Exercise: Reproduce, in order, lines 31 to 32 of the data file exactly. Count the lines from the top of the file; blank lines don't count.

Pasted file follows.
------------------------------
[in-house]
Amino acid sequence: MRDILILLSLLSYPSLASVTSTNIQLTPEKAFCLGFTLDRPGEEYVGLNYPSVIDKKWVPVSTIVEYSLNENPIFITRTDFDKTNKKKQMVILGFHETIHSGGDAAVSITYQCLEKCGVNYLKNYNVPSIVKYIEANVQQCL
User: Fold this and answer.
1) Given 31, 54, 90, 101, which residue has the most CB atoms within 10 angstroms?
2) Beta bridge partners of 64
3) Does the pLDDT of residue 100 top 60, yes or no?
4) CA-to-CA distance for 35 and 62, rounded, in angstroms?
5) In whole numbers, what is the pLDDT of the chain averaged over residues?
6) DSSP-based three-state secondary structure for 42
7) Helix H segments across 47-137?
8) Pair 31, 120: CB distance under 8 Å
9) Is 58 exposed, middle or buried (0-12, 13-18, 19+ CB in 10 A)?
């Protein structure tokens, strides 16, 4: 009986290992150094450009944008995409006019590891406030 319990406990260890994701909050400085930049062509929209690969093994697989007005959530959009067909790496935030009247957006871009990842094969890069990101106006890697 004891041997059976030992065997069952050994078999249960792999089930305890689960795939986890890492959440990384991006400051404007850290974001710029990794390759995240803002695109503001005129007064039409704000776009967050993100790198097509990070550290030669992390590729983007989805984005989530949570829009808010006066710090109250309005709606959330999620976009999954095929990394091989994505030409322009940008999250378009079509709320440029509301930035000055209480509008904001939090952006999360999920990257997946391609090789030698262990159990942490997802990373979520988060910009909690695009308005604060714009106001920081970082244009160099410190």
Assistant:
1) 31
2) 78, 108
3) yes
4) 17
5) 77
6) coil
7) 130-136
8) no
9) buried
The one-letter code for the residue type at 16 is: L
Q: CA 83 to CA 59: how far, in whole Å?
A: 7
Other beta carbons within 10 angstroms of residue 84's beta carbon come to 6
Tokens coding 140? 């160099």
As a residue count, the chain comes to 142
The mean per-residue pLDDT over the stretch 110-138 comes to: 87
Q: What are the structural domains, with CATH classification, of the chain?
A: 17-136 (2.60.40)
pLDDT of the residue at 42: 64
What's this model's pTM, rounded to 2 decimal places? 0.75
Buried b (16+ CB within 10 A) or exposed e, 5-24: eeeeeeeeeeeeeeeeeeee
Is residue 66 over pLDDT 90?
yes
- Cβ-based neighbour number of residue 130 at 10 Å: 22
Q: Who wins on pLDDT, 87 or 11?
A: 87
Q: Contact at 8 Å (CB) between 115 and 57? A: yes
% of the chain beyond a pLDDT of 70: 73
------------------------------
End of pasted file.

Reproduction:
Q: What are the structural domains, with CATH classification, of the chain?
A: 17-136 (2.60.40)